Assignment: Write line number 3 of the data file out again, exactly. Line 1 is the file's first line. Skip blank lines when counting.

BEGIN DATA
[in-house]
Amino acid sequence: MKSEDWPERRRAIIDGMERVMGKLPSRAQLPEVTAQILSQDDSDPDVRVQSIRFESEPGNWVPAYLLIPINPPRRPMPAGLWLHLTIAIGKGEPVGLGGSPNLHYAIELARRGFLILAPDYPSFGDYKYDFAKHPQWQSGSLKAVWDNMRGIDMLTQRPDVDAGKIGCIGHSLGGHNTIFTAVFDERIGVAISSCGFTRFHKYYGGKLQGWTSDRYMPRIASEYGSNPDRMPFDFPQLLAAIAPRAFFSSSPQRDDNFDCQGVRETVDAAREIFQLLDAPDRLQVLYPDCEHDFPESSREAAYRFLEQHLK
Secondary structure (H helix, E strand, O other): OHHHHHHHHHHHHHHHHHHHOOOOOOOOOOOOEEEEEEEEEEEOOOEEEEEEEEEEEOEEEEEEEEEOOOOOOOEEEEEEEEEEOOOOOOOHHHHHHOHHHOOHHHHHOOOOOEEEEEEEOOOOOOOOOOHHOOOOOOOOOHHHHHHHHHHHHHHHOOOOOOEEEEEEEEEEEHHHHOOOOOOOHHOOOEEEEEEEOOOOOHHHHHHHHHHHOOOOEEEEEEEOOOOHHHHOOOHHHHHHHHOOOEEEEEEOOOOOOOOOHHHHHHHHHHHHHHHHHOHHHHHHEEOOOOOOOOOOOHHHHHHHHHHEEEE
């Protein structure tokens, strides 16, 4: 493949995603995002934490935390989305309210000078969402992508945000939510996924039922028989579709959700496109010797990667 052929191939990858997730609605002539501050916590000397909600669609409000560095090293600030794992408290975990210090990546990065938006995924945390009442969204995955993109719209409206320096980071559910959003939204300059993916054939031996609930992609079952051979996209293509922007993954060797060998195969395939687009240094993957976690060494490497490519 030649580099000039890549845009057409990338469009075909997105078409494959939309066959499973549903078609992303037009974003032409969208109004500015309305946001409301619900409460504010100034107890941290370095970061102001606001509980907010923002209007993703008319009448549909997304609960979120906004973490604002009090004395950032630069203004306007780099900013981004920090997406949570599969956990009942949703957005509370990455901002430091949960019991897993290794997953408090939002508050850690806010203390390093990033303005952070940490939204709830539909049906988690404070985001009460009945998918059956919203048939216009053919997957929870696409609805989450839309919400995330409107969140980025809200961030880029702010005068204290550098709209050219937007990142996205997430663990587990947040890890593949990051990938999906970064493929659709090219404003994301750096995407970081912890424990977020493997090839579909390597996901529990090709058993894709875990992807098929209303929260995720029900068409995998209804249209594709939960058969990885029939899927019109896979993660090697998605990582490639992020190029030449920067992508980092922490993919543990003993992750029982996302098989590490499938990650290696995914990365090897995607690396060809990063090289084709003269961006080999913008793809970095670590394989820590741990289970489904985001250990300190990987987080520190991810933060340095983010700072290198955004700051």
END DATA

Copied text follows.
Secondary structure (H helix, E strand, O other): OHHHHHHHHHHHHHHHHHHHOOOOOOOOOOOOEEEEEEEEEEEOOOEEEEEEEEEEEOEEEEEEEEEOOOOOOOEEEEEEEEEEOOOOOOOHHHHHHOHHHOOHHHHHOOOOOEEEEEEEOOOOOOOOOOHHOOOOOOOOOHHHHHHHHHHHHHHHOOOOOOEEEEEEEEEEEHHHHOOOOOOOHHOOOEEEEEEEOOOOOHHHHHHHHHHHOOOOEEEEEEEOOOOHHHHOOOHHHHHHHHOOOEEEEEEOOOOOOOOOHHHHHHHHHHHHHHHHHOHHHHHHEEOOOOOOOOOOOHHHHHHHHHHEEEE